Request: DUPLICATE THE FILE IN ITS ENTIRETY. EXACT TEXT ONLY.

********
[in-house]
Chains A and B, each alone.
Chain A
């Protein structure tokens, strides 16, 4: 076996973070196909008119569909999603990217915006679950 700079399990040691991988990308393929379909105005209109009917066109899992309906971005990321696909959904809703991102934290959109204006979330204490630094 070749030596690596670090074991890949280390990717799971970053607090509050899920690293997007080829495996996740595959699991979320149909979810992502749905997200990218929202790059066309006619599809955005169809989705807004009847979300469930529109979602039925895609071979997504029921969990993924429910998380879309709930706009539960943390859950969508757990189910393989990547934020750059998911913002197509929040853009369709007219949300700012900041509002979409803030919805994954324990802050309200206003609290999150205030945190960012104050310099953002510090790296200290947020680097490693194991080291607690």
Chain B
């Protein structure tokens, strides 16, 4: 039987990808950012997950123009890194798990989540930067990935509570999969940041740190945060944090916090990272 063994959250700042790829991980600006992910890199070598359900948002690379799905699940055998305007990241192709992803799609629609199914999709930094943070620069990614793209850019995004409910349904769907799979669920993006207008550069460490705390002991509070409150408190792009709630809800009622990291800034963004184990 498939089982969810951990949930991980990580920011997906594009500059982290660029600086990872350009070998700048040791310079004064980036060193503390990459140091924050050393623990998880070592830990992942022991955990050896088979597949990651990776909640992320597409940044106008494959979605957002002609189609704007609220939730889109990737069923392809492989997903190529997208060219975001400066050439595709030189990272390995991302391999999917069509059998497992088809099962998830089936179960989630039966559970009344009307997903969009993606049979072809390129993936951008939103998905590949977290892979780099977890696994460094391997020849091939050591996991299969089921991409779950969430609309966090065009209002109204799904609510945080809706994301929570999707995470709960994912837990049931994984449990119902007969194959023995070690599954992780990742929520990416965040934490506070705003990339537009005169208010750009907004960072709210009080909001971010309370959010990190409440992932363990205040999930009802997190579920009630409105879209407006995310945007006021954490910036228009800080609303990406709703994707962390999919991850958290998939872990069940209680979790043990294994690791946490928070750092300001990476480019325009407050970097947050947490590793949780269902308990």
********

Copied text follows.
[in-house]
Chains A and B, each alone.
Chain A
């Protein structure tokens, strides 16, 4: 076996973070196909008119569909999603990217915006679950 700079399990040691991988990308393929379909105005209109009917066109899992309906971005990321696909959904809703991102934290959109204006979330204490630094 070749030596690596670090074991890949280390990717799971970053607090509050899920690293997007080829495996996740595959699991979320149909979810992502749905997200990218929202790059066309006619599809955005169809989705807004009847979300469930529109979602039925895609071979997504029921969990993924429910998380879309709930706009539960943390859950969508757990189910393989990547934020750059998911913002197509929040853009369709007219949300700012900041509002979409803030919805994954324990802050309200206003609290999150205030945190960012104050310099953002510090790296200290947020680097490693194991080291607690």
Chain B
């Protein structure tokens, strides 16, 4: 039987990808950012997950123009890194798990989540930067990935509570999969940041740190945060944090916090990272 063994959250700042790829991980600006992910890199070598359900948002690379799905699940055998305007990241192709992803799609629609199914999709930094943070620069990614793209850019995004409910349904769907799979669920993006207008550069460490705390002991509070409150408190792009709630809800009622990291800034963004184990 498939089982969810951990949930991980990580920011997906594009500059982290660029600086990872350009070998700048040791310079004064980036060193503390990459140091924050050393623990998880070592830990992942022991955990050896088979597949990651990776909640992320597409940044106008494959979605957002002609189609704007609220939730889109990737069923392809492989997903190529997208060219975001400066050439595709030189990272390995991302391999999917069509059998497992088809099962998830089936179960989630039966559970009344009307997903969009993606049979072809390129993936951008939103998905590949977290892979780099977890696994460094391997020849091939050591996991299969089921991409779950969430609309966090065009209002109204799904609510945080809706994301929570999707995470709960994912837990049931994984449990119902007969194959023995070690599954992780990742929520990416965040934490506070705003990339537009005169208010750009907004960072709210009080909001971010309370959010990190409440992932363990205040999930009802997190579920009630409105879209407006995310945007006021954490910036228009800080609303990406709703994707962390999919991850958290998939872990069940209680979790043990294994690791946490928070750092300001990476480019325009407050970097947050947490590793949780269902308990």